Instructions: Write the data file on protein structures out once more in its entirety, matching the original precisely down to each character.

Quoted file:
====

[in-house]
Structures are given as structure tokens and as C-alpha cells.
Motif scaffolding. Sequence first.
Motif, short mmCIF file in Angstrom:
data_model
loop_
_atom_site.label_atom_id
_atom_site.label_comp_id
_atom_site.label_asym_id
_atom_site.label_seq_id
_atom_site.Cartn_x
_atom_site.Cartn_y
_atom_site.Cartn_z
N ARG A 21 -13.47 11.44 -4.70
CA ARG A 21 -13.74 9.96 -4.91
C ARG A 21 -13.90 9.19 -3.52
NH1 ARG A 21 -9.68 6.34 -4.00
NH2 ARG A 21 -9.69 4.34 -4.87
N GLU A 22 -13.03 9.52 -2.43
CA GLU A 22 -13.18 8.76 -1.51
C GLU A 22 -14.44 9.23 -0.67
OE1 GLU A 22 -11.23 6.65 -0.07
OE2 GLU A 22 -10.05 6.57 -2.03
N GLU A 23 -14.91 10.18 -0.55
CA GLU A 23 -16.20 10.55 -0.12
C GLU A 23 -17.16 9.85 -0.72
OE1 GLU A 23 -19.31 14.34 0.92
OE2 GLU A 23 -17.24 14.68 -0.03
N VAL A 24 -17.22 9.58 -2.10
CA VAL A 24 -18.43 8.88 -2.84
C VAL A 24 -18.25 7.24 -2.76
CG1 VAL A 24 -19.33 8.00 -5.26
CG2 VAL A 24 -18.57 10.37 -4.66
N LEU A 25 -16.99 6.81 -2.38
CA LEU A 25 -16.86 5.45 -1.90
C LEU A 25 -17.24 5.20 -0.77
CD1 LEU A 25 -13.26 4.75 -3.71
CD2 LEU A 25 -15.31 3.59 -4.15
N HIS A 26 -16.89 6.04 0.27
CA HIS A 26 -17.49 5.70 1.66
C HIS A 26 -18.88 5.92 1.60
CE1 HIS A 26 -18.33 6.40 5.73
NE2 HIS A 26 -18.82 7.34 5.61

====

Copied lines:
[in-house]
Structures are given as structure tokens and as C-alpha cells.
Motif scaffolding. Sequence first.
Motif, short mmCIF file in Angstrom:
data_model
loop_
_atom_site.label_atom_id
_atom_site.label_comp_id
_atom_site.label_asym_id
_atom_site.label_seq_id
_atom_site.Cartn_x
_atom_site.Cartn_y
_atom_site.Cartn_z
N ARG A 21 -13.47 11.44 -4.70
CA ARG A 21 -13.74 9.96 -4.91
C ARG A 21 -13.90 9.19 -3.52
NH1 ARG A 21 -9.68 6.34 -4.00
NH2 ARG A 21 -9.69 4.34 -4.87
N GLU A 22 -13.03 9.52 -2.43
CA GLU A 22 -13.18 8.76 -1.51
C GLU A 22 -14.44 9.23 -0.67
OE1 GLU A 22 -11.23 6.65 -0.07
OE2 GLU A 22 -10.05 6.57 -2.03
N GLU A 23 -14.91 10.18 -0.55
CA GLU A 23 -16.20 10.55 -0.12
C GLU A 23 -17.16 9.85 -0.72
OE1 GLU A 23 -19.31 14.34 0.92
OE2 GLU A 23 -17.24 14.68 -0.03
N VAL A 24 -17.22 9.58 -2.10
CA VAL A 24 -18.43 8.88 -2.84
C VAL A 24 -18.25 7.24 -2.76
CG1 VAL A 24 -19.33 8.00 -5.26
CG2 VAL A 24 -18.57 10.37 -4.66
N LEU A 25 -16.99 6.81 -2.38
CA LEU A 25 -16.86 5.45 -1.90
C LEU A 25 -17.24 5.20 -0.77
CD1 LEU A 25 -13.26 4.75 -3.71
CD2 LEU A 25 -15.31 3.59 -4.15
N HIS A 26 -16.89 6.04 0.27
CA HIS A 26 -17.49 5.70 1.66
C HIS A 26 -18.88 5.92 1.60
CE1 HIS A 26 -18.33 6.40 5.73
NE2 HIS A 26 -18.82 7.34 5.61